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IFPA Leads Mission To Grow Fresh Produce Exports To South Korea

IFPA and Korean Business Services Inc delegates gather in Seoul to discuss export opportunities for the global fresh produce sector. Photo/Supplied

The International Fresh Produce Association is deepening fresh produce trade connections to enhance opportunities for Australian and New Zealand exporters as increasingly savvy South Korean consumers seek out new lines and eating experiences.

The IFPA’s Global Development Committee and East Asian Task Force conducted a fact-finding mission facilitated by Korean Business Services Inc to explore opportunities within the dynamic South Korean marketplace during a March 5-7 visit to Seoul. Activities included retail visits to Garak Market, Lotte Market and Costco Korea and a cultural excursion.

There was a strong desire from a South Korea delegation from across the supply chain for the IFPA to present a unified approach to developing global fresh produce imports including from Australasia, IPFA managing director A-NZ Ben Hoodless said.

“The visit was an exploratory first step. Continuous efforts to understand market dynamics are crucial for the success of IFPA members and to create opportunities for international fresh produce suppliers entering the South Korean market,” he said.

“Domestic horticultural production in South Korea has traditionally been and continues to be very important. However, severe weather events in 2022 significantly impacted apple and tree crops leading to increased imports.

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“It now relies heavily on imported food with annual imports totaling approximately $50 billion (food and agricultural products). Specifically, it imports $1.7 billion worth of fresh fruits, nuts and other processed fruit and expects a further increase in imported fresh fruits. This is due to climate change and the need to diversify and satisfy a population of some 51 million that has an appetite for new, fresh, and healthy.”

The United States, Spain and Mexico are South Korea's top three exporters of fruit while China, Mexico and the Netherlands are the top three exporters of vegetables.

He said Australia and New Zealand’s reputation for producing clean, safe produce presented significant potential for the export of tropical and sub-tropical fruits such as mangoes and stone fruit, and vegetables such as potatoes and broccoli.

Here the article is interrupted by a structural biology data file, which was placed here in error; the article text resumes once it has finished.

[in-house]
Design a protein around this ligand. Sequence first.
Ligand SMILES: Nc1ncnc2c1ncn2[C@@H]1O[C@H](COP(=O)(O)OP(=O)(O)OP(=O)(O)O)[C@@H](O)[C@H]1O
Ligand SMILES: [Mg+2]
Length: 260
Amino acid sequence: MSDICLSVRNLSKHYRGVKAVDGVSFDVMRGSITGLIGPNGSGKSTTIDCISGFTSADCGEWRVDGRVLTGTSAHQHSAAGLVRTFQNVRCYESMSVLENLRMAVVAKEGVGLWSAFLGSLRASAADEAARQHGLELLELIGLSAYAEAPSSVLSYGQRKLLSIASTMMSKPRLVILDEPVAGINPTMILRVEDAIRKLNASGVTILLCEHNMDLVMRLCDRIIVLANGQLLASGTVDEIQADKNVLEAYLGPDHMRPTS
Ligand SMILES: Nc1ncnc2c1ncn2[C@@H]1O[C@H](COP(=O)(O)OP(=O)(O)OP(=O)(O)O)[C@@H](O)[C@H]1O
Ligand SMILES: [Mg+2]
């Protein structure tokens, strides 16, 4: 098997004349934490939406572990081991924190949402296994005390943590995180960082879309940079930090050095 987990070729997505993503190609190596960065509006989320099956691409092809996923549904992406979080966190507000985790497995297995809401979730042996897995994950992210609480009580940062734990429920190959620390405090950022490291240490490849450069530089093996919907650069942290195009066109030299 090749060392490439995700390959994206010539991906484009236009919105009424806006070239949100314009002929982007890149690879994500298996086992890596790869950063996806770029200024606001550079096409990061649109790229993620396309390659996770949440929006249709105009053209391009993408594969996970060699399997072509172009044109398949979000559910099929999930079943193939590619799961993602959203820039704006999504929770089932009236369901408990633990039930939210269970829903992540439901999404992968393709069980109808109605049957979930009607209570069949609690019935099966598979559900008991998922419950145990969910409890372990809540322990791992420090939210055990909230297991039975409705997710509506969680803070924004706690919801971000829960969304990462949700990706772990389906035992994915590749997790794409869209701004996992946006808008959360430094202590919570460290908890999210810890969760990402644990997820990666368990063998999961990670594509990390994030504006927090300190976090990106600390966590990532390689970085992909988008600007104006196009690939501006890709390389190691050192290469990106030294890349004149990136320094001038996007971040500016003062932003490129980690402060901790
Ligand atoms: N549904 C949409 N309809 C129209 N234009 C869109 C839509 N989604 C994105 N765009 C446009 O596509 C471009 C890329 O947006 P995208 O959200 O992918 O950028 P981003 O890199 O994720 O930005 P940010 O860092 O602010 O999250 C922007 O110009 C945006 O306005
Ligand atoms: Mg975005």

“A rising middle class and increasingly tech-savvy population is driving the demand for a broader array of fresh produce as well as produce that has a year-round supply or health and wellness appeal. Avocados for example – little known five years ago – have become a sensation thanks to social media influencers educating consumers about their health benefits.”

He said South Korea consumers were keen to try new foods and wanted to know the origin of produce. They also demanded premium produce (such as mangoes, cherries, and table grapes) and understood the value of paying a premium for healthy, high-quality lines.

“With a sophisticated and well-structured food supply chain, South Korea is positioned to take advantage of a smorgasbord of global produce offerings.

“It’s fast emerging as an exciting market with significant potential for global fresh produce imports and specifically for Australian and New Zealand producers,” he said.

“Vegetables are very much a staple for everyone. School children have three meals a day funded by the government and supply is supported centrally.”

Insights power market knowledge

Mr Hoodless said the IFPA had been mapping markets, opportunities and assessing value and volume potential in the region for some time.

He said South Korea's huge online market was growing exponentially in line with an increasingly time-poor population.

“Large retailers have enormous purchasing power and influence and have the desire to create new categories and experiences. Consumers continue to pay higher prices for good experiences, premium, shared value products and tailored solutions. Western brands are seen as trusted, safe, and reliable.”

He said the next phase was to build networks and systems to connect South Korea’s importers and influencers to the IFPA's global membership.

“South Korea is open for business and we’re working towards developing our region’s influence,” he said.

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